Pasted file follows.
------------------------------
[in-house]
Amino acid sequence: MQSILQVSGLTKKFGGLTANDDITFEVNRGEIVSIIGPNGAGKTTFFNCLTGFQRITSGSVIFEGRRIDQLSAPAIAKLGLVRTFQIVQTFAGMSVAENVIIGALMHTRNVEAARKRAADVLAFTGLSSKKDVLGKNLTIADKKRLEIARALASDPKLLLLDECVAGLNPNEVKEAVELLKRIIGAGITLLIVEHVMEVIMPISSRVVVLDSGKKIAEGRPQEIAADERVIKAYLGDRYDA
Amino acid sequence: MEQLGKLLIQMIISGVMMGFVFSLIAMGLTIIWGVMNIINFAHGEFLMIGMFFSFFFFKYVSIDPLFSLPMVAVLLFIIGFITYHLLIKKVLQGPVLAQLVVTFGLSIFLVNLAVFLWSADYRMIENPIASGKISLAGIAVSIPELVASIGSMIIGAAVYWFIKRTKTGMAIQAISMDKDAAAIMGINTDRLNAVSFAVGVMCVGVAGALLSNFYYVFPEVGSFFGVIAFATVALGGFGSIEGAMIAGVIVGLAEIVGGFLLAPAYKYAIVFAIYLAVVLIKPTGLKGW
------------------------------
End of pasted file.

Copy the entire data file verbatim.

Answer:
[in-house]
Amino acid sequence: MQSILQVSGLTKKFGGLTANDDITFEVNRGEIVSIIGPNGAGKTTFFNCLTGFQRITSGSVIFEGRRIDQLSAPAIAKLGLVRTFQIVQTFAGMSVAENVIIGALMHTRNVEAARKRAADVLAFTGLSSKKDVLGKNLTIADKKRLEIARALASDPKLLLLDECVAGLNPNEVKEAVELLKRIIGAGITLLIVEHVMEVIMPISSRVVVLDSGKKIAEGRPQEIAADERVIKAYLGDRYDA
Amino acid sequence: MEQLGKLLIQMIISGVMMGFVFSLIAMGLTIIWGVMNIINFAHGEFLMIGMFFSFFFFKYVSIDPLFSLPMVAVLLFIIGFITYHLLIKKVLQGPVLAQLVVTFGLSIFLVNLAVFLWSADYRMIENPIASGKISLAGIAVSIPELVASIGSMIIGAAVYWFIKRTKTGMAIQAISMDKDAAAIMGINTDRLNAVSFAVGVMCVGVAGALLSNFYYVFPEVGSFFGVIAFATVALGGFGSIEGAMIAGVIVGLAEIVGGFLLAPAYKYAIVFAIYLAVVLIKPTGLKGW